Dark romanticism (about Eva Reiter)

Dark romanticism
Original German version

From the performance of “Lichtenberg Figures” by Eva Reiter.
Eva Reiter’s “Lichtenberg Figures” at the summer course for new music – portrayal of modern sensitivity with fragile touches of reality.

She is innately a graduate fipple flute and viola-da-gamba player – Eva Reiter, born in 1976 in Vienna, who appeared at the Darmstadt summer course for new music. Not at the event’s original location but instead in Frankfurt where the course’s bigger concerts have been held in the past. This year there has been an effort to revive the original Hessian avant-garde topography and organizers have made (in addition to the Hessian radio studio) the LAB Frankfurt the northern new music outpost of the south
Hessian headquarters.

“The Lichtenberg Figures” – a piece for voices of just under an hour with 11 instruments and electronic music – was on the programme of the extensive experimental and performance workshop in western Frankfurt. A piece also by the early music instrumentalist Eva Reiter, who not only masters her traditional instruments but also the array of sounds that has continually been disassembled into sound-noise conglomerates and fused together again since the days of futurism through to the present.

It was reminiscent of Luigi Russolo, the musical futurist and his horn orchestra from the 1910s, the intonarumori. Ten large gramophone cylinders on the LAB stage provided the optically dominant impression here. Each of the performers in the Ictus ensemble as well as the piece’s creator were equipped with one of these which were occasionally used more symbolically than to produce sound.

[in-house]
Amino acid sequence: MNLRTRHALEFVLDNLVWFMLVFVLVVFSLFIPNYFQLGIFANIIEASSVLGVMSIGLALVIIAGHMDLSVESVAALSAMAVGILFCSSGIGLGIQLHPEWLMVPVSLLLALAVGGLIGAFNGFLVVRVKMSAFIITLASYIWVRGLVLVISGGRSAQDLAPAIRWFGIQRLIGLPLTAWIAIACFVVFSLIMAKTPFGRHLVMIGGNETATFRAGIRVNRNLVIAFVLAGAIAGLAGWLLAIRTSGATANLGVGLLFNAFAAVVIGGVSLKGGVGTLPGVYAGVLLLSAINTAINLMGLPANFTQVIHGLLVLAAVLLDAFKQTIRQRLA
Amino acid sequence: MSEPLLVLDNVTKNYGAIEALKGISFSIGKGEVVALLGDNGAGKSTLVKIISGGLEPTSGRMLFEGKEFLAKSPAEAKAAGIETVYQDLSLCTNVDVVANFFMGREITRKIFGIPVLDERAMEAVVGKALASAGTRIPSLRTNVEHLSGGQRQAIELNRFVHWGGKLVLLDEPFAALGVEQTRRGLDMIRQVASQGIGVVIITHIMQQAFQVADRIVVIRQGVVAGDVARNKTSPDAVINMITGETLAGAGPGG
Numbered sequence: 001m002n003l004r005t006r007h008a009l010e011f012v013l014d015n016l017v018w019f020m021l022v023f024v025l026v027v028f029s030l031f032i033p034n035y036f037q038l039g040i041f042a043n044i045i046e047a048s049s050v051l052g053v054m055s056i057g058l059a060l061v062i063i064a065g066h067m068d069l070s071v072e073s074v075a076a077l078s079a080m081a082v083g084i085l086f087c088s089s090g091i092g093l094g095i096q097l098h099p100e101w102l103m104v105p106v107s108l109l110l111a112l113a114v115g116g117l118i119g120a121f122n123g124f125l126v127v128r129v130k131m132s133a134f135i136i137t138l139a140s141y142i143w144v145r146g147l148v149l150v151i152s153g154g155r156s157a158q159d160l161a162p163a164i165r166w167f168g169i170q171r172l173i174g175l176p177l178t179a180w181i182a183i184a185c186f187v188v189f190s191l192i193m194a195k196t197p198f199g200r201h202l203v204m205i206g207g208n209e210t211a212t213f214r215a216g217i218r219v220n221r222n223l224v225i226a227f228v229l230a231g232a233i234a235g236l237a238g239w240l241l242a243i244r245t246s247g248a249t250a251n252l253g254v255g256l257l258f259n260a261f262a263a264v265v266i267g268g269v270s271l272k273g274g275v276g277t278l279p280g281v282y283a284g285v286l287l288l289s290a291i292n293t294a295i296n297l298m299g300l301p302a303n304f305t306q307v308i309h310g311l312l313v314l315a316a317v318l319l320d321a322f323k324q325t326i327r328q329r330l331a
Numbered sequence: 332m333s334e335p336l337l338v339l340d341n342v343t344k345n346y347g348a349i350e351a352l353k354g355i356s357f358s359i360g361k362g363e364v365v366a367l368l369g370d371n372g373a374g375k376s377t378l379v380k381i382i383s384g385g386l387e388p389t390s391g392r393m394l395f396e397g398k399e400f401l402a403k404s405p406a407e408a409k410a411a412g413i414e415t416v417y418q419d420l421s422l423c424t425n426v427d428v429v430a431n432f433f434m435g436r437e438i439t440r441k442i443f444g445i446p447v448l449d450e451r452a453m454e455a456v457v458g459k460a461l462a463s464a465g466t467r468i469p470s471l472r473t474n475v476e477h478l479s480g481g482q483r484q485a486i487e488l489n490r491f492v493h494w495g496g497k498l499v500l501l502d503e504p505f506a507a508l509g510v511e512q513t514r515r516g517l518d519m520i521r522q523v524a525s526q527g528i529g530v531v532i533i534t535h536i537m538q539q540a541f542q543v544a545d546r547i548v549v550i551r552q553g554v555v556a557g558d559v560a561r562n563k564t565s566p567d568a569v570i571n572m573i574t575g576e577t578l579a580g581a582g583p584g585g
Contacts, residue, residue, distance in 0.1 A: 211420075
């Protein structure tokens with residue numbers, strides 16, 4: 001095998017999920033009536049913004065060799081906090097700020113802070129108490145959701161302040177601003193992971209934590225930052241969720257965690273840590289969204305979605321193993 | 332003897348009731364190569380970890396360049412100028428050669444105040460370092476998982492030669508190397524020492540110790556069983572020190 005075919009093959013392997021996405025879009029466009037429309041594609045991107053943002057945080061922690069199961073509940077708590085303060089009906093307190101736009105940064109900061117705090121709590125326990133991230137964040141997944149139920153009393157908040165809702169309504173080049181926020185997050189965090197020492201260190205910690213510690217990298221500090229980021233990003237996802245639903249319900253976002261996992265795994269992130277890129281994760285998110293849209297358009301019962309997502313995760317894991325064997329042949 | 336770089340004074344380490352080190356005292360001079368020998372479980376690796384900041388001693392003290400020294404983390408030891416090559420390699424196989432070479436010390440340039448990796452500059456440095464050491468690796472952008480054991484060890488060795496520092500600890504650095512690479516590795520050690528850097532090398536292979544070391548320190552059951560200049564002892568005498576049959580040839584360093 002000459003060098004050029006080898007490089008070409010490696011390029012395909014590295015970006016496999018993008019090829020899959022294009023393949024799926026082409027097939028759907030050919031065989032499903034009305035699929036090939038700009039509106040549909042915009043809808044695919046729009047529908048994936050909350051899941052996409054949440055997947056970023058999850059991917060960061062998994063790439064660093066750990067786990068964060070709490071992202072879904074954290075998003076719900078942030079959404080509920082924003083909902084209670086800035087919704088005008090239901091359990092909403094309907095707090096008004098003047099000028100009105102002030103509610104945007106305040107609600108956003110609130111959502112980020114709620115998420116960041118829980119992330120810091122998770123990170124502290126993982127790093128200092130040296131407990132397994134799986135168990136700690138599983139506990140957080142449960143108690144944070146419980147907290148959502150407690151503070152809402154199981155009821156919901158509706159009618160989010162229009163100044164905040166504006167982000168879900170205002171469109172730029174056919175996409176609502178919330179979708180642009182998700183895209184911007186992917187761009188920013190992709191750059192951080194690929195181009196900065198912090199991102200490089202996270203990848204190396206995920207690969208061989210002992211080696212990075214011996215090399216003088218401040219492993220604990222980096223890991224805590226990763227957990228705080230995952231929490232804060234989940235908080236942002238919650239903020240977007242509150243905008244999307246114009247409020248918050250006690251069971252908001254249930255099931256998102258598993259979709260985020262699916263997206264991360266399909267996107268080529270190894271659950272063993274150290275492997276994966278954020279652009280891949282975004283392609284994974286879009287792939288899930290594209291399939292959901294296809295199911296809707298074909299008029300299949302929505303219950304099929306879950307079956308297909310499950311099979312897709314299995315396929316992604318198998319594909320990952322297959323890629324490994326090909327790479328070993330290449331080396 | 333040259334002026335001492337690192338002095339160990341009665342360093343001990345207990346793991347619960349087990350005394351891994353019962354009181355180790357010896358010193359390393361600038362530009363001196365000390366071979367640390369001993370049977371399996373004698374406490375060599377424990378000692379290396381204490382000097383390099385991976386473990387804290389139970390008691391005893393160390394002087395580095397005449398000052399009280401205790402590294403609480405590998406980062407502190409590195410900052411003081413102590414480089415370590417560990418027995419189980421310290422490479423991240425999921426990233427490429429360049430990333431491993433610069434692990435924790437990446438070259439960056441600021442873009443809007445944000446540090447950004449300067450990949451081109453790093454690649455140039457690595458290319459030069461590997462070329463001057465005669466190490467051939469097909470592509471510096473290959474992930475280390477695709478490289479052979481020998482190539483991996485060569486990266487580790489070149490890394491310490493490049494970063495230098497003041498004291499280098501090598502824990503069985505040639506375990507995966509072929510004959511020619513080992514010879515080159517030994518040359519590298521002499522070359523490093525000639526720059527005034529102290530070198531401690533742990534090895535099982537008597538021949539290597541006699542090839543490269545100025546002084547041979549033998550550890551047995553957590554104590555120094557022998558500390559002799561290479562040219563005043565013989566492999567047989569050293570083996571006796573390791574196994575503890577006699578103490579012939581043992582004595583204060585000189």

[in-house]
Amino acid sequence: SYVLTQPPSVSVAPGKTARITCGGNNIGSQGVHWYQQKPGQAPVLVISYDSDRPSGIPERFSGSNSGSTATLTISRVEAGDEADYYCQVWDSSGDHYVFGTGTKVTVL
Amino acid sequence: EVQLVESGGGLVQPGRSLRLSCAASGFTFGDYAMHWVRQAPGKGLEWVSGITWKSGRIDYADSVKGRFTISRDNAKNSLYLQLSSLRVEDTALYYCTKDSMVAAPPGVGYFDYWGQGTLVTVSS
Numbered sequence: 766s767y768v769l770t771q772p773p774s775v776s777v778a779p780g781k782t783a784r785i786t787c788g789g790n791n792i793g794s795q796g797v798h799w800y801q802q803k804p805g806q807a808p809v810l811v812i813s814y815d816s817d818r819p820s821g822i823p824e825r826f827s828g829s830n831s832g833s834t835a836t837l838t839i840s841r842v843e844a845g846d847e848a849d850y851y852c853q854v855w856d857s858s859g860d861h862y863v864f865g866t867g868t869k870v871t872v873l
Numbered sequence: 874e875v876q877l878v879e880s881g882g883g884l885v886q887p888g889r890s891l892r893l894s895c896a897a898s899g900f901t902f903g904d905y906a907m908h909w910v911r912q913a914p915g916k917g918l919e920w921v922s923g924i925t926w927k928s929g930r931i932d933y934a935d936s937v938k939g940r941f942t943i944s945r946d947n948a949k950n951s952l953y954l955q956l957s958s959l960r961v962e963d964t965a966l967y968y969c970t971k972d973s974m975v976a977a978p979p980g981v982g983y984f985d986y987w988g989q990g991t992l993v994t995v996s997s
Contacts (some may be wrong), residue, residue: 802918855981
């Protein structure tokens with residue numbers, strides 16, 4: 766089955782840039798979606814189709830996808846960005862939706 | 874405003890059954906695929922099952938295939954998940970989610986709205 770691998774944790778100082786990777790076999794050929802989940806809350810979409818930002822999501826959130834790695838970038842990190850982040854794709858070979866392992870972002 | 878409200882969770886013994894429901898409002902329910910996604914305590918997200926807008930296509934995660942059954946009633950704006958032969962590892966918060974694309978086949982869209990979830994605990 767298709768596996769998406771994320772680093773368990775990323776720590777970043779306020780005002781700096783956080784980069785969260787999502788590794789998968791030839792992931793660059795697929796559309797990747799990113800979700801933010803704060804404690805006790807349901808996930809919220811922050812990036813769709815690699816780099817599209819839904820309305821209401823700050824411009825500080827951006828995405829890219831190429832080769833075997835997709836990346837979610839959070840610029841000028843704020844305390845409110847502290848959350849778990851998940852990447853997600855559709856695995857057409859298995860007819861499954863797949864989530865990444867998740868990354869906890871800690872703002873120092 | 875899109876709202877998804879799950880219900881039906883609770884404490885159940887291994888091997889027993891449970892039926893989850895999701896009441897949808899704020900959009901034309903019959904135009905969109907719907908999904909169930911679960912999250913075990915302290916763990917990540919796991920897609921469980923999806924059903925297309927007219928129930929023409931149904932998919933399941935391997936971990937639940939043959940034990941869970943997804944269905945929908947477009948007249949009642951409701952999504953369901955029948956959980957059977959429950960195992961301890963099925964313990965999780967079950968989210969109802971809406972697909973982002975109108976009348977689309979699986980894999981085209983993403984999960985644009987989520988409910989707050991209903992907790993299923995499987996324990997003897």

Sonnets set to music

Eva Reiter stood elevated on a rostra which occasionally began to light up like that of the instrumentalists. Reiter was the event’s dominant figure vocally but very reserved in terms of physical gestures. The musicians used both classical and electrical instruments (electric guitar, e-bass). Seven songs ¬– some sonnets by the US author Ben Lerner set to music – made up the core element of the piece. Portrayals of modern sensitivity with fragile touches of reality, disastrous-seeming performances and sobering inspirations – dark romanticism transformed into contemporary means of dialogue. Some called it a ‘pre-emptive elegy’ – which seemed appropriate.

Eva Reiter presented the texts giving a flamboyant gestural performance with masterful use of the voice, sometimes more affective and then using vocal sounds again – all incorporated into the sound process of the instrumental ensemble which performed all variants of hybridised synthesis and combinations and fragmentations of the sound figures and timbres. A permanent influx and constant fusion of contours in the form of dynamic statics.

Mood and atmosphere as the ultimately lasting impressions also suggested a modern, romantic range of experiences here. Flexibly articulated, subtle sound inflections and intense in the rise and fall of the sound flow – the attunement of vocal, analogue and electronic sounds was exquisite and largely attributable to the precise performance and phrasing of the Ictus conductor Georges-Elie Octors.


Mentioned in this article
Eva Reiter ,Georges-Elie Octors & From the Ictus Press-Book